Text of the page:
Care about mental health of employees

Employees are struggling a bit personally and professionally due to this uncertain pandemic which seems to not have any end date for now. With work deliverable, there are concerns around health, family, job security which can impact the mental health and well-being of employees resulting in myriad emotions like stress, anxiety, fear, depression, etc. to deal with. HR can use EI and social skills to gauge emotional and mental health issues of employees at an individual level owing to their personal circumstances and provide personalised support before the situation becomes worse for productivity and employees themselves. Employee assistance programs and counselling sessions can be used as tools to help manage the mental health issues of employees for self-awareness and self-regulation of their emotions. This will give an assurance that organisations do care and share an emotional connection with their employees.HR needs to lead this with the support of leadership.

Build strong relationships with empathy

HR can be instrumental in building up relationships between employees and supervisors. If both have a mutual understanding of each other’s emotions, how they feel or think, what is their perspective on different topics, what are their strengths or weaknesses, how they react, their work approach, what motivates them etc. this may multiply the benefits of this productive working relationship. There will be more constructive solutions, free flow communication, mutual support for each other’s goals, and a positive environment to work in. Co-workers, direct reports and supervisors, everyone in the organisation should practice empathy to evolve the relationship. Leaders can be mentors to develop subordinates professionally in hard and soft skills to grow effectively in these unprecedented times.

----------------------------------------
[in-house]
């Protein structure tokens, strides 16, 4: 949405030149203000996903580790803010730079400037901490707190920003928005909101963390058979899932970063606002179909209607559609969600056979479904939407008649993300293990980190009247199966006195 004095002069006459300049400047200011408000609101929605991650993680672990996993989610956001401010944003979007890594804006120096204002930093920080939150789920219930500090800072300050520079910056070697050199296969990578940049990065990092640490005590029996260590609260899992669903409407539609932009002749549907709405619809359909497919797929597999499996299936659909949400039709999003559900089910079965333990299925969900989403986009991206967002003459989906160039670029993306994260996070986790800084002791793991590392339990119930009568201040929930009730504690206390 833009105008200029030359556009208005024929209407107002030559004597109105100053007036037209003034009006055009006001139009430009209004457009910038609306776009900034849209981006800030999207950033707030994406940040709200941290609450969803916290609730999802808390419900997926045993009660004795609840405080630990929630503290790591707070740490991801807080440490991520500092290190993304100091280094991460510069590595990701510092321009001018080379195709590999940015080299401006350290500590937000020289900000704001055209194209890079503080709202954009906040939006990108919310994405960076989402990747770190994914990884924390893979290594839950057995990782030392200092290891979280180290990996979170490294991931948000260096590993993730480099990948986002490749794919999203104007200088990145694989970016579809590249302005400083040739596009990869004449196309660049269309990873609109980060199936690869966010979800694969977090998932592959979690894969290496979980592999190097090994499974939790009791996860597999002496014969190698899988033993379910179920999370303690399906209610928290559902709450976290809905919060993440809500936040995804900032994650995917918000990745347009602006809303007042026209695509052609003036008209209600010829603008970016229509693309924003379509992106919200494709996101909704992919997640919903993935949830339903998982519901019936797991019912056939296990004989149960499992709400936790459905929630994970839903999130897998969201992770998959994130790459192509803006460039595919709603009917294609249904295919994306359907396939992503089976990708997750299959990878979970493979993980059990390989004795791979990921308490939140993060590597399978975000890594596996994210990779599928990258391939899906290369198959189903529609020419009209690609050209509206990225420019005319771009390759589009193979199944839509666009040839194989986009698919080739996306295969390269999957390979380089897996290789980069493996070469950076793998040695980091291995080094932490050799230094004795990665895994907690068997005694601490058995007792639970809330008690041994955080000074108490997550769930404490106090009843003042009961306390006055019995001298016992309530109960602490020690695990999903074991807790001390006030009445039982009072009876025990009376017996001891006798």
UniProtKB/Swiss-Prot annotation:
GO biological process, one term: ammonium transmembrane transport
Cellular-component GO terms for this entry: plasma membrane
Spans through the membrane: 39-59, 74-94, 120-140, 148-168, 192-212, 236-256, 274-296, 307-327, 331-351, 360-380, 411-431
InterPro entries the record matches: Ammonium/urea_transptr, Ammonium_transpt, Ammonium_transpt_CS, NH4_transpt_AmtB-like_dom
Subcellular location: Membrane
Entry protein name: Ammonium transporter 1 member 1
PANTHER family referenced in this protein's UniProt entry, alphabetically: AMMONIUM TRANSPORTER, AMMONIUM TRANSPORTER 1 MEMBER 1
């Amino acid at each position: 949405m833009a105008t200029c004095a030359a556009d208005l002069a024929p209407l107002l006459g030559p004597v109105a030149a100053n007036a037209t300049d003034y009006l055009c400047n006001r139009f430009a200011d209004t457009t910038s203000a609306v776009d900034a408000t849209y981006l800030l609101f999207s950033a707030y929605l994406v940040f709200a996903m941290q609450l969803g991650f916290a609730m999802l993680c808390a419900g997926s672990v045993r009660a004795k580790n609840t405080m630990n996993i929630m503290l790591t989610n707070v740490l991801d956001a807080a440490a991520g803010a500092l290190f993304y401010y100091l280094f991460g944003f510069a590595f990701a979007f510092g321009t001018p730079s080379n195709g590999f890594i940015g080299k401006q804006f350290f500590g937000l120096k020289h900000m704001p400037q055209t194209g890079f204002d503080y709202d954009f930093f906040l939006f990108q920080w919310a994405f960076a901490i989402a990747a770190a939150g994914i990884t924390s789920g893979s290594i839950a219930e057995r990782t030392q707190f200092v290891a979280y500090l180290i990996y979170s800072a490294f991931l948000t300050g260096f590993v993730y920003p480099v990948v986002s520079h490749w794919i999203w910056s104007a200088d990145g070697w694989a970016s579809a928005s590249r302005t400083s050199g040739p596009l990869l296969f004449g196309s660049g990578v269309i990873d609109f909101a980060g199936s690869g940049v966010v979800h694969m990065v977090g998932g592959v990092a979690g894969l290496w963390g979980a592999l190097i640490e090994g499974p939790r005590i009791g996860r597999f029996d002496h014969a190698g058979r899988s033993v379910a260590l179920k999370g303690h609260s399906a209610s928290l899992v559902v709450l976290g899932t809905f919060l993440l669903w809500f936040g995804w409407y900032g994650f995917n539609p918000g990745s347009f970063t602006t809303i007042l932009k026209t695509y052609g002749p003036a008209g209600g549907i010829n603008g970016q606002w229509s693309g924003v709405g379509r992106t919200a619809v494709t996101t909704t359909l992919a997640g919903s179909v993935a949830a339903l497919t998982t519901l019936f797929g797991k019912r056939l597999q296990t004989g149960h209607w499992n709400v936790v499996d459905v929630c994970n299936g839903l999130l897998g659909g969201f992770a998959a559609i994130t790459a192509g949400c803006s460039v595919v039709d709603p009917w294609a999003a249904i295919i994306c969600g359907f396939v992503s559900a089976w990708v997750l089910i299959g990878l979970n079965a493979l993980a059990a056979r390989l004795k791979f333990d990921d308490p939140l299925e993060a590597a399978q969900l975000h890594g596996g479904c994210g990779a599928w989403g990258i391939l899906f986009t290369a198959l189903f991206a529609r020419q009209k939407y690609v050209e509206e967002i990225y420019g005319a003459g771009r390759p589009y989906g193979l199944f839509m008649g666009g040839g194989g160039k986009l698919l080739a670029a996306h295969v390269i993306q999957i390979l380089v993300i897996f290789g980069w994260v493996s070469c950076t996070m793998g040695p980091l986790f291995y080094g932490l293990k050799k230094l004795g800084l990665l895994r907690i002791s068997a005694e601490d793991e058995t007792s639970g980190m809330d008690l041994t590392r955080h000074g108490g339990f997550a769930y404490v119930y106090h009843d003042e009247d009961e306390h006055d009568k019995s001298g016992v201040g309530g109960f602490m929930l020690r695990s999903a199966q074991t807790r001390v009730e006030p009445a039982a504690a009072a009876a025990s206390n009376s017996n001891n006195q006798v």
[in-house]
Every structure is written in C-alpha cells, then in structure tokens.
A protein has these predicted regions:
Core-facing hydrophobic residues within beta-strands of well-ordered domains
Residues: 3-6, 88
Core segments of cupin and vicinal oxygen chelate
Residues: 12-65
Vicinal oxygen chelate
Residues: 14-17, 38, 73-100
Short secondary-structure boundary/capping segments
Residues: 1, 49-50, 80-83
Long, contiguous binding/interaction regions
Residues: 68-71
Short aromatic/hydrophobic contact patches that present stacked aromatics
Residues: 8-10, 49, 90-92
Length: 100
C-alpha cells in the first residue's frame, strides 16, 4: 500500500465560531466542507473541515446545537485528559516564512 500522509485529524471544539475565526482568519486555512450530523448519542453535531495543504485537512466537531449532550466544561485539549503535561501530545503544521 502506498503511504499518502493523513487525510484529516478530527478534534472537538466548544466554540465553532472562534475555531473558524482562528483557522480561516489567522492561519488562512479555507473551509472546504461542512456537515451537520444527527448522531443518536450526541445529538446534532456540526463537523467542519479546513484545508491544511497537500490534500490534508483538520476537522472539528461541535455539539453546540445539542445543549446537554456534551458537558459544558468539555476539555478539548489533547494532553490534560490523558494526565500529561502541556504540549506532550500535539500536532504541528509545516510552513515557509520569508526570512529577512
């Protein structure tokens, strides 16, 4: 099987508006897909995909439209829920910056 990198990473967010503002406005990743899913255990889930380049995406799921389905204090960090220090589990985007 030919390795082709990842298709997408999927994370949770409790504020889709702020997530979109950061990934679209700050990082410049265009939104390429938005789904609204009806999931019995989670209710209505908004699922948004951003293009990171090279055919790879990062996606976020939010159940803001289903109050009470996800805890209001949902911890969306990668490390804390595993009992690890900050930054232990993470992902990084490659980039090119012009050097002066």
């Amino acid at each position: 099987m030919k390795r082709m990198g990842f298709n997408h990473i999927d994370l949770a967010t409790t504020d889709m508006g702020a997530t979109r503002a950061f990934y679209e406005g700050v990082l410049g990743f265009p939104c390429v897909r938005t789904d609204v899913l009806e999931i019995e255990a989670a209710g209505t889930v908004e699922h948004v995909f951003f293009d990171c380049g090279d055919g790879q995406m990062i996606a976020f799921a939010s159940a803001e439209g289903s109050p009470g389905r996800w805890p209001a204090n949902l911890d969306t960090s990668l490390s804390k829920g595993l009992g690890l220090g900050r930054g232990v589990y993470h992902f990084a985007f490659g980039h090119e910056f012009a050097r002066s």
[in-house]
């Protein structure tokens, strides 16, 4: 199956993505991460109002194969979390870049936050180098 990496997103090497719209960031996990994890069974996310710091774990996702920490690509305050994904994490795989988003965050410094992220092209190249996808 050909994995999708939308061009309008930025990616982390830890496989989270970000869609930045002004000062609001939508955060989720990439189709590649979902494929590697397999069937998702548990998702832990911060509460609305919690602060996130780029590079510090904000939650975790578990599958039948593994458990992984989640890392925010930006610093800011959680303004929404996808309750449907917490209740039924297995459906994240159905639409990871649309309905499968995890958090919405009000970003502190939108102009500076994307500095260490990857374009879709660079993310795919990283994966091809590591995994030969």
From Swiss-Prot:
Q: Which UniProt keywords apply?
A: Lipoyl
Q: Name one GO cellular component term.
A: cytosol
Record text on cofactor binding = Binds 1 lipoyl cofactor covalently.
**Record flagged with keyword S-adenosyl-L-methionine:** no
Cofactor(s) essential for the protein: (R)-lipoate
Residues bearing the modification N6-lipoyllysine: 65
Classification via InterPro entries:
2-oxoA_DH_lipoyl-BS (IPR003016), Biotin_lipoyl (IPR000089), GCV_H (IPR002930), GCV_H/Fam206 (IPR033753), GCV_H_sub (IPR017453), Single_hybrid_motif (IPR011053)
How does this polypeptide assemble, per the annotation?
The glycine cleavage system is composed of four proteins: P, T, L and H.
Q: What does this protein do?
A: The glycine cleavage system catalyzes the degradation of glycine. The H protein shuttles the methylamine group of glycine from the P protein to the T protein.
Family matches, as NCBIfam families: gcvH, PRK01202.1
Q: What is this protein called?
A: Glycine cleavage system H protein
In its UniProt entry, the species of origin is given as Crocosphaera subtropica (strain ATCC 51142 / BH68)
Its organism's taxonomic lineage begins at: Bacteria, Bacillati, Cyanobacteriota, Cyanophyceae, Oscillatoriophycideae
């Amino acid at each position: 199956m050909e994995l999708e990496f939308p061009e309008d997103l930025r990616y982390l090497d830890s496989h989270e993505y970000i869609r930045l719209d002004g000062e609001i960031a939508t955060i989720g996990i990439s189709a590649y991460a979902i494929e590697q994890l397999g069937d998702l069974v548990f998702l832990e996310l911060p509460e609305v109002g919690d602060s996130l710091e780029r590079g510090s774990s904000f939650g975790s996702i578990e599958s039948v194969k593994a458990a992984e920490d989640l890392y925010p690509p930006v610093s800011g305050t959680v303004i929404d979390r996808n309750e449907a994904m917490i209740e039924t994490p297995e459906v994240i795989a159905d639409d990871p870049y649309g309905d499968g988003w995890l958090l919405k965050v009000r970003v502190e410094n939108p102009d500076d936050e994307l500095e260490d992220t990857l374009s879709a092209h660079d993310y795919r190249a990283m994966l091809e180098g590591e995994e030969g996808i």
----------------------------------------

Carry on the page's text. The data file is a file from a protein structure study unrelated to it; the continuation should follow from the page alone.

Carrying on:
Now when remote work is the new normal, an empathetic approach is quintessential to support employees and make them as productive from home as they are in the office. Provide them clear and open communication on project, process, tools, resources, training, and deliverables. Also, gather information through open ended questions on how and what are their productive hours, how comfortable they are with work assigned, regular progress, any hurdles in completing a task, any personal issues affecting the work, any support required for mental well being, etc. Use this information by taking an empathetic approach to understanding each employee, their capabilities, experiences and if required adjust for individual circumstances if need be. This is the time when employees expect maximum positive emotional support from the organisation to stay productive and sail through this pandemic.


We are witnessing a big revolution in HR through Tech trends of AI, ML, RPA which can be facilitators but when dealing with employees who are humans and possess emotions, Emotional Intelligence is indispensable. EI practiced by the organisation as a whole can act as a retention lever for people’s sustainability and a competitive advantage to stay ahead in the industry. Post-Covid, the importance of EI driven organisation has been talked about like never before. This in-demand soft skill has emerged as one of the prerequisites for leaders to collaborate effectively with their teams, build relationships, and create an effective workplace.


This article was first published in January 2021.

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Topics: Strategic HR, #GuestArticle